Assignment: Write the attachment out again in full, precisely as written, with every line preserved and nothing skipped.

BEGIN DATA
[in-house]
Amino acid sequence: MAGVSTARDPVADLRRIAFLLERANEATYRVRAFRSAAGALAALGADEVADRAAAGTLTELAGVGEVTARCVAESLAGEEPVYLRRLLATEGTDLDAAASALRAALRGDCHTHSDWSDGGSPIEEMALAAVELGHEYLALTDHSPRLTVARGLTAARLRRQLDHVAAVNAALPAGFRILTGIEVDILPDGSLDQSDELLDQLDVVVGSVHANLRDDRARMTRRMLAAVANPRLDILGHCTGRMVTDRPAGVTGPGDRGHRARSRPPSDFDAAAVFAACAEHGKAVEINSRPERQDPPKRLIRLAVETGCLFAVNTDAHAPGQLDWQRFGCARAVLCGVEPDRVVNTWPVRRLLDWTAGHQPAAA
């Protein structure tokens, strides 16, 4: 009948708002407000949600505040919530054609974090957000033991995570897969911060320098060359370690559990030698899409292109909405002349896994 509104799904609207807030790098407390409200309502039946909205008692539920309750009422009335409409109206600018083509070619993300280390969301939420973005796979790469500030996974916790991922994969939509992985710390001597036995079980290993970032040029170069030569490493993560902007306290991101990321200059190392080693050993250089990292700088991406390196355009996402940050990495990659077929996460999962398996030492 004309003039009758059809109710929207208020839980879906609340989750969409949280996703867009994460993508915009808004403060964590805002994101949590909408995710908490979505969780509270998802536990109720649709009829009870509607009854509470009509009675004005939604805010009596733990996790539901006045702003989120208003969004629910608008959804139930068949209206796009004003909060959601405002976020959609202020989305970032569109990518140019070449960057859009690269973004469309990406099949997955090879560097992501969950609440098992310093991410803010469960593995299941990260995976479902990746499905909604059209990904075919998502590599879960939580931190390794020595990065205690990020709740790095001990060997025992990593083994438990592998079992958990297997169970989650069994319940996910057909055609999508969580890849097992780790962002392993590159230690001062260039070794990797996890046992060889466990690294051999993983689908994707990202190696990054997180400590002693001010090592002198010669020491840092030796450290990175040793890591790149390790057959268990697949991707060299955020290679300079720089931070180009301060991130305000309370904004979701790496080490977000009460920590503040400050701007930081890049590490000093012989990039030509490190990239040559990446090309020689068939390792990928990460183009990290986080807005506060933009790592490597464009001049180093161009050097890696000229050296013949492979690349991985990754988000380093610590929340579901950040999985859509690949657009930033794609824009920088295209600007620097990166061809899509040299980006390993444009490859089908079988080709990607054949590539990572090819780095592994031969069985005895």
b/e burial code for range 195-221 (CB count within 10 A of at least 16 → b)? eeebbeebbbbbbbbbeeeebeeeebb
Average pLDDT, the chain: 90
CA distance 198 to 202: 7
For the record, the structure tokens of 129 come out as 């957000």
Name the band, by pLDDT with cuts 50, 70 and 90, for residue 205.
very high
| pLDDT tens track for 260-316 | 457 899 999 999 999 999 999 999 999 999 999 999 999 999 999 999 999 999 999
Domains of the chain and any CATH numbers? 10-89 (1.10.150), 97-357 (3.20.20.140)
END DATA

[in-house]
Amino acid sequence: MAGVSTARDPVADLRRIAFLLERANEATYRVRAFRSAAGALAALGADEVADRAAAGTLTELAGVGEVTARCVAESLAGEEPVYLRRLLATEGTDLDAAASALRAALRGDCHTHSDWSDGGSPIEEMALAAVELGHEYLALTDHSPRLTVARGLTAARLRRQLDHVAAVNAALPAGFRILTGIEVDILPDGSLDQSDELLDQLDVVVGSVHANLRDDRARMTRRMLAAVANPRLDILGHCTGRMVTDRPAGVTGPGDRGHRARSRPPSDFDAAAVFAACAEHGKAVEINSRPERQDPPKRLIRLAVETGCLFAVNTDAHAPGQLDWQRFGCARAVLCGVEPDRVVNTWPVRRLLDWTAGHQPAAA
């Protein structure tokens, strides 16, 4: 009948708002407000949600505040919530054609974090957000033991995570897969911060320098060359370690559990030698899409292109909405002349896994 509104799904609207807030790098407390409200309502039946909205008692539920309750009422009335409409109206600018083509070619993300280390969301939420973005796979790469500030996974916790991922994969939509992985710390001597036995079980290993970032040029170069030569490493993560902007306290991101990321200059190392080693050993250089990292700088991406390196355009996402940050990495990659077929996460999962398996030492 004309003039009758059809109710929207208020839980879906609340989750969409949280996703867009994460993508915009808004403060964590805002994101949590909408995710908490979505969780509270998802536990109720649709009829009870509607009854509470009509009675004005939604805010009596733990996790539901006045702003989120208003969004629910608008959804139930068949209206796009004003909060959601405002976020959609202020989305970032569109990518140019070449960057859009690269973004469309990406099949997955090879560097992501969950609440098992310093991410803010469960593995299941990260995976479902990746499905909604059209990904075919998502590599879960939580931190390794020595990065205690990020709740790095001990060997025992990593083994438990592998079992958990297997169970989650069994319940996910057909055609999508969580890849097992780790962002392993590159230690001062260039070794990797996890046992060889466990690294051999993983689908994707990202190696990054997180400590002693001010090592002198010669020491840092030796450290990175040793890591790149390790057959268990697949991707060299955020290679300079720089931070180009301060991130305000309370904004979701790496080490977000009460920590503040400050701007930081890049590490000093012989990039030509490190990239040559990446090309020689068939390792990928990460183009990290986080807005506060933009790592490597464009001049180093161009050097890696000229050296013949492979690349991985990754988000380093610590929340579901950040999985859509690949657009930033794609824009920088295209600007620097990166061809899509040299980006390993444009490859089908079988080709990607054949590539990572090819780095592994031969069985005895």
b/e burial code for range 195-221 (CB count within 10 A of at least 16 → b)? eeebbeebbbbbbbbbeeeebeeeebb
Average pLDDT, the chain: 90
CA distance 198 to 202: 7
For the record, the structure tokens of 129 come out as 């957000």
Name the band, by pLDDT with cuts 50, 70 and 90, for residue 205.
very high
| pLDDT tens track for 260-316 | 457 899 999 999 999 999 999 999 999 999 999 999 999 999 999 999 999 999 999
Domains of the chain and any CATH numbers? 10-89 (1.10.150), 97-357 (3.20.20.140)